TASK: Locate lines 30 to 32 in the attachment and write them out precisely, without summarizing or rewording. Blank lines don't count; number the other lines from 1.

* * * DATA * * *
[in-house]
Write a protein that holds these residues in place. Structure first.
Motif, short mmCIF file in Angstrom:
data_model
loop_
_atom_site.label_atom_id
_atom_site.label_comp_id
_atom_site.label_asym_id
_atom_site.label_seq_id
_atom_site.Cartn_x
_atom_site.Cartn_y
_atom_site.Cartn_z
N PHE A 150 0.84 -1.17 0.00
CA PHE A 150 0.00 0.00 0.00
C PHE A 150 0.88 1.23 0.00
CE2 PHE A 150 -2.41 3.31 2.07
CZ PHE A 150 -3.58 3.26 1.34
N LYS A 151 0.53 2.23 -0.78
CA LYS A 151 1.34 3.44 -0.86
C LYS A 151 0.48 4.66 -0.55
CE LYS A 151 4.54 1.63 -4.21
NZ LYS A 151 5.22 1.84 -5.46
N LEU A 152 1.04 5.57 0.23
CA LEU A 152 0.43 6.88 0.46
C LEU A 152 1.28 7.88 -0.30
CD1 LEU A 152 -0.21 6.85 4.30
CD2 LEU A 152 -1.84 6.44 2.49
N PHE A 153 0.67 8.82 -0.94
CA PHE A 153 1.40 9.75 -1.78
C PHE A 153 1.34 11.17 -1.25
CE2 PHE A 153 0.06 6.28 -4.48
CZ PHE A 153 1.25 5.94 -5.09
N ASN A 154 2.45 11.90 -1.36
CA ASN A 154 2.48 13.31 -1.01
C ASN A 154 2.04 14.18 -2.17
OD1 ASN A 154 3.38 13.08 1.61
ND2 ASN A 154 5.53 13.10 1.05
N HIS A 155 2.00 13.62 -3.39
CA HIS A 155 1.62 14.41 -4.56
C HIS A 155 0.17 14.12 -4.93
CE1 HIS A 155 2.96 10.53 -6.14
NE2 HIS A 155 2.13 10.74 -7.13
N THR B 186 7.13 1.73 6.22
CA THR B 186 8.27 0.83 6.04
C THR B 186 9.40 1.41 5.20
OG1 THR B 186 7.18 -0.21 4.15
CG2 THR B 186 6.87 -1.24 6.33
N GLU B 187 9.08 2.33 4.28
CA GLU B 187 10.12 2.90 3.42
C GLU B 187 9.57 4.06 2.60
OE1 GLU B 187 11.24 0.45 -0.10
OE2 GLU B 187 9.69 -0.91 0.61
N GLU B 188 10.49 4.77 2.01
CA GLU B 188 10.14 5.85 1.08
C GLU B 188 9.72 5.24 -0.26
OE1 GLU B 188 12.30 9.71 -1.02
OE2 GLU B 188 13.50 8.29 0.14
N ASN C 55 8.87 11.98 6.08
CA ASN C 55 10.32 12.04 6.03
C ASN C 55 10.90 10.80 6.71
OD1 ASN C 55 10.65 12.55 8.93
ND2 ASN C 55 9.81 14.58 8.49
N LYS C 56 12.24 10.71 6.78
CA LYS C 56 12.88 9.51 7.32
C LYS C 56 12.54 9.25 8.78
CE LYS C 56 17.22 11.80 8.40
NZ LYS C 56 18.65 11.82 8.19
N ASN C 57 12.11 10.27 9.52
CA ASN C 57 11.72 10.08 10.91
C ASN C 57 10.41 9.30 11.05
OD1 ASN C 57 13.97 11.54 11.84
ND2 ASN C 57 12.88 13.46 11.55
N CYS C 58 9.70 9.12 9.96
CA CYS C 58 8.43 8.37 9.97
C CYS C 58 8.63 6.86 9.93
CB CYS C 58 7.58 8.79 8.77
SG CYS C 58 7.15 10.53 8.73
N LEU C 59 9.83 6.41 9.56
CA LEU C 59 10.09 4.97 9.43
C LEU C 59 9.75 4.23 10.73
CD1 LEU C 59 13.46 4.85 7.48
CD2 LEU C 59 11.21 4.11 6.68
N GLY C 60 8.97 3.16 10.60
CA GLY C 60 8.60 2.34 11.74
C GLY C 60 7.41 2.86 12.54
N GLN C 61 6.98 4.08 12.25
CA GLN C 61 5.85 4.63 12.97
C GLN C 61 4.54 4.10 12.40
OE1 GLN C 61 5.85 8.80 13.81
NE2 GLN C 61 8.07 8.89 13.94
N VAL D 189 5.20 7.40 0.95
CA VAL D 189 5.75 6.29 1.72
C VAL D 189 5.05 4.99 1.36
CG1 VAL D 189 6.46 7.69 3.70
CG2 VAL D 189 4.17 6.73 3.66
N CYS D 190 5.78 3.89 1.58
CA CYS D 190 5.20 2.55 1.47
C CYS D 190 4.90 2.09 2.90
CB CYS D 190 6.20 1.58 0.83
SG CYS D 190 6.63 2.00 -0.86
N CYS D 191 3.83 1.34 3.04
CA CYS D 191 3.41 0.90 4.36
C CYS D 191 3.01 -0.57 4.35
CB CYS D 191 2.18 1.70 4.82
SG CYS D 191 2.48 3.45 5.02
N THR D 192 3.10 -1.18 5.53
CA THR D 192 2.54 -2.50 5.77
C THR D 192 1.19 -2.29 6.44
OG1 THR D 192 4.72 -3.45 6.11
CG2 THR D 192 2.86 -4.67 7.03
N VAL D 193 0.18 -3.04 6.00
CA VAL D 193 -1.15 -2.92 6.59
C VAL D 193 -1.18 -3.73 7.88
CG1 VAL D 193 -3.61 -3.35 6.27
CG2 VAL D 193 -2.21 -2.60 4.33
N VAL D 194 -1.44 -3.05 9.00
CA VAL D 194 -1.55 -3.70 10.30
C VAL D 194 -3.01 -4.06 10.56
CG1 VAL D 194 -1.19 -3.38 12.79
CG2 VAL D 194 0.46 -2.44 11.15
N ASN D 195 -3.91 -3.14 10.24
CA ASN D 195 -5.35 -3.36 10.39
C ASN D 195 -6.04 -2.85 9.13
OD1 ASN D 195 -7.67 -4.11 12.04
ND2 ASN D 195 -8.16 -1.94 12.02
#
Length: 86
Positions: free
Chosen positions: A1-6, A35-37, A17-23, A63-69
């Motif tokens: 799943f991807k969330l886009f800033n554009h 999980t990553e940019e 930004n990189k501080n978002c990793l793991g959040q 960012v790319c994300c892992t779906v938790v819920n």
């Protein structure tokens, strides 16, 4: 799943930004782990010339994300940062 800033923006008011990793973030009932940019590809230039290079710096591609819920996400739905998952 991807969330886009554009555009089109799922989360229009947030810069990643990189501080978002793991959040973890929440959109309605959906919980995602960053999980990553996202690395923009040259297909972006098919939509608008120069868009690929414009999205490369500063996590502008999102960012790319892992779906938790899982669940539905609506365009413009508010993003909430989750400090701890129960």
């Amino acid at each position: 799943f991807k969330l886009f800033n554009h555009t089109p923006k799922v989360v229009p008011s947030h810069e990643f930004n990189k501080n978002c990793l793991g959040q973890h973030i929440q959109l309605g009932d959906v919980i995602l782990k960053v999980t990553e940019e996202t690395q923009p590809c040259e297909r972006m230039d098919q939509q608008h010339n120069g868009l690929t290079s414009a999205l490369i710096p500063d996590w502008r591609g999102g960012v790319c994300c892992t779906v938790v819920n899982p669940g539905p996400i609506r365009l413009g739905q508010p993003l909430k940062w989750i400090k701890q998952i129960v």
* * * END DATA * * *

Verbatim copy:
C PHE A 153 1.34 11.17 -1.25
CE2 PHE A 153 0.06 6.28 -4.48
CZ PHE A 153 1.25 5.94 -5.09